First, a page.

Title

The Effect of Body Weight Support on Energy Expenditure in an Individual With High-Level Lower Extremity Amputation.

Document Type

Article

Publication Date

3-1-2019

Abstract

BACKGROUND: High-level lower extremity amputation (HLLEA) has significant impact on an individual's ability to ambulate and maintain cardiovascular fitness for extended periods of time.

OBJECTIVE: The purpose of this study was to evaluate whether body weight support (BWS) would improve energy efficiency in an individual with HLLEA to achieve appropriate target cardiovascular intensity for aerobic training.

DESIGN: This was an exploratory single-subject study.

METHODS: The participant was a 45-year-old woman, 4.5 years after left hip disarticulation secondary to necrotizing fasciitis with resultant organ failure and cardiomyopathy. She was wearing a well-fitted prosthesis and had a goal of ambulating in the community with less fatigue. Vital signs and expiratory gases were recorded, and oxygen uptake efficiency slope was calculated during treadmill walking at 0%, 20%, and 40% unweighting. An age-matched control completed 0% unweighting baseline testing.

RESULTS: Under all conditions of treadmill walking, the participant's heart rate, blood pressure, and rate of perceived exertion consistently increased as speed and time increased. The participant's oxygen uptake efficiency slope was most efficient at 20% unweighting, and the economy of movement improved as the percentage of BWS increased, bringing values closer to the age-matched control. The participant reported only minimal pain immediately following 20% unweighting.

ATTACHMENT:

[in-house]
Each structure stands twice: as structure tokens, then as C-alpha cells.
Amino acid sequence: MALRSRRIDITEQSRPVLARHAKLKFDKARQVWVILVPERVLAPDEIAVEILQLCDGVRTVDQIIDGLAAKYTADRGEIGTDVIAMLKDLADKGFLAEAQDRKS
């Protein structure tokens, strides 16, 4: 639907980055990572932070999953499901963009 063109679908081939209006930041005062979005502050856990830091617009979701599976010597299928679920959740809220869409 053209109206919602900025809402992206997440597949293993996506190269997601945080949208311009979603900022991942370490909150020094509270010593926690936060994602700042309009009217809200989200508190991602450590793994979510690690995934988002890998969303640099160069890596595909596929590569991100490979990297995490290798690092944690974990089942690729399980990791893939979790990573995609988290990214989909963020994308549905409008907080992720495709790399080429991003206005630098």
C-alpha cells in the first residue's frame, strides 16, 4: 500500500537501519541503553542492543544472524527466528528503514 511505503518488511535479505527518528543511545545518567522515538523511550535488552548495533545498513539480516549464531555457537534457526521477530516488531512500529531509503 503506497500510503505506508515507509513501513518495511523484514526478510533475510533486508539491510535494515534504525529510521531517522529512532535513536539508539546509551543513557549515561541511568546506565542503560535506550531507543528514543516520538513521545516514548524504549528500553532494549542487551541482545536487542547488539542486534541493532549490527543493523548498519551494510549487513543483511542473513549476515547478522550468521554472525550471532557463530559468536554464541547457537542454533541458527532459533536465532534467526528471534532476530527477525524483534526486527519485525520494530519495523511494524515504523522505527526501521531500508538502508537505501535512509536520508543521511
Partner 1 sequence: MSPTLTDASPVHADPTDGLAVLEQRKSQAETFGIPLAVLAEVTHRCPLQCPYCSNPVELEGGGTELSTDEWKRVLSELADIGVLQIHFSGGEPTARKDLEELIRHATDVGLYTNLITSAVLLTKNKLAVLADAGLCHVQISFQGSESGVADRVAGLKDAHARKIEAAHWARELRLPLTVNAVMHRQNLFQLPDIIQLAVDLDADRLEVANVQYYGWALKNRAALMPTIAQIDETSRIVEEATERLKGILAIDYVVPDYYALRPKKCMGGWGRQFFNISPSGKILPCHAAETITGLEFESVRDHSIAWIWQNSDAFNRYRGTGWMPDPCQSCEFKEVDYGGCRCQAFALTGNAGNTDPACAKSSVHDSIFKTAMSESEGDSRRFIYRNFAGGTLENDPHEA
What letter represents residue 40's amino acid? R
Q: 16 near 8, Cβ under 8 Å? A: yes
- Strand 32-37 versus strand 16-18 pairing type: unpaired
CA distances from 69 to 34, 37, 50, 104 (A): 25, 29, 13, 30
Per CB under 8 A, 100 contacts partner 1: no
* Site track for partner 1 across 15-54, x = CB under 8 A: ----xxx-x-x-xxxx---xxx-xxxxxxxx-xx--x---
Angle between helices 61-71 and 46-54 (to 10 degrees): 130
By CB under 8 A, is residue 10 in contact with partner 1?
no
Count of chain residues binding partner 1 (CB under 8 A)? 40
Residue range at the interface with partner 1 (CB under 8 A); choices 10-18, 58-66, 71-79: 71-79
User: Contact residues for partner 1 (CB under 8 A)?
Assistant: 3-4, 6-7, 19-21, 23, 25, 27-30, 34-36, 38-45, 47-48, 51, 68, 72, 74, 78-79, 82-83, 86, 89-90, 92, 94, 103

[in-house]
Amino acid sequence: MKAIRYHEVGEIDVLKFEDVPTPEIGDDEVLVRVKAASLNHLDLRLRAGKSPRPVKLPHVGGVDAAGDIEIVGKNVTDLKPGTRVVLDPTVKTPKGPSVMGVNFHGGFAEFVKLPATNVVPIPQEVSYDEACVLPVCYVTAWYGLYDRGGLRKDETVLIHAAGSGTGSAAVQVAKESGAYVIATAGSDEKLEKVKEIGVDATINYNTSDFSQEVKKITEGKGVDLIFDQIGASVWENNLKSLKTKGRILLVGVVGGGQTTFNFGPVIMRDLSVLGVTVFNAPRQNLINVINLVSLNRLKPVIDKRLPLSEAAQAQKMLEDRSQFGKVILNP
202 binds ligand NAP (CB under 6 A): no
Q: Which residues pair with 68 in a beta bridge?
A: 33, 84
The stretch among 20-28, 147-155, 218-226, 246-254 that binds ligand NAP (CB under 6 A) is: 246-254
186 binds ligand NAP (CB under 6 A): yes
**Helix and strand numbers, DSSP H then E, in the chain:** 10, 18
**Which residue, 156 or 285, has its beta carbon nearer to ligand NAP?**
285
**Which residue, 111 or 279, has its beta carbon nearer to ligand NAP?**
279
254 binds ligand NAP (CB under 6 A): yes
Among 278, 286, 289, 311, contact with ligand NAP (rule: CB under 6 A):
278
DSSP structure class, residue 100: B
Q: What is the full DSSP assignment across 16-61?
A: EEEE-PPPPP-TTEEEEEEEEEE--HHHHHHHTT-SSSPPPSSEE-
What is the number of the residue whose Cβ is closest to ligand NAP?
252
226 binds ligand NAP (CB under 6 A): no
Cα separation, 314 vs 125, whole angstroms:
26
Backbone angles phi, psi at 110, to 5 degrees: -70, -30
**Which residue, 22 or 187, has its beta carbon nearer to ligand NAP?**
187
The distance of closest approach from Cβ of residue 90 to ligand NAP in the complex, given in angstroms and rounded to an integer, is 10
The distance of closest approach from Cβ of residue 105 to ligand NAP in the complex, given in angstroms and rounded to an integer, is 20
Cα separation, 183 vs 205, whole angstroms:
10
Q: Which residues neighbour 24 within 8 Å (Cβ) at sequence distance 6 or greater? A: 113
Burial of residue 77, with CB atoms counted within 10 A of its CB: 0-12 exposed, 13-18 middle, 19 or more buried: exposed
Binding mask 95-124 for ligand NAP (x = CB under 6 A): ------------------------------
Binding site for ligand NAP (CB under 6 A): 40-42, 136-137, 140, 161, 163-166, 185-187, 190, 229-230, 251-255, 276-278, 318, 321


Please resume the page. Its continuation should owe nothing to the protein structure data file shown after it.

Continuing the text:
LIMITATIONS: The primary limitation of this study is generalizability of findings because of minimal information for comparing the effects of BWS on aerobic capacity in individuals with HLLEA. Additionally, the percentages of unweighting using BWS were extrapolated based on corollary preexisting research; thus, there were no set parameters defined for this specific population.

CONCLUSIONS: BWS allowed the participant to work more efficiently, which suggests that if used during an intervention, BWS might enable individuals with HLLEA to achieve recommended levels of training for aerobic conditioning. In future studies, it is recommended that 20% BWS be used at a speed that results in moderate-intensity exercise for individuals with HLLEA as determined by 50% to 70% of maximum heart rate for 20 to 30 minutes.

Publication Title

Physical Therapy

Volume

99

Issue

3

First Page

258

Last Page

265

PubMed ID

30496536

Comments

This article was published in Physical Therapy.

The published version is available at https://doi.org/10.1093/ptj/pzy147.

Copyright © 2018 American Physical Therapy Association.

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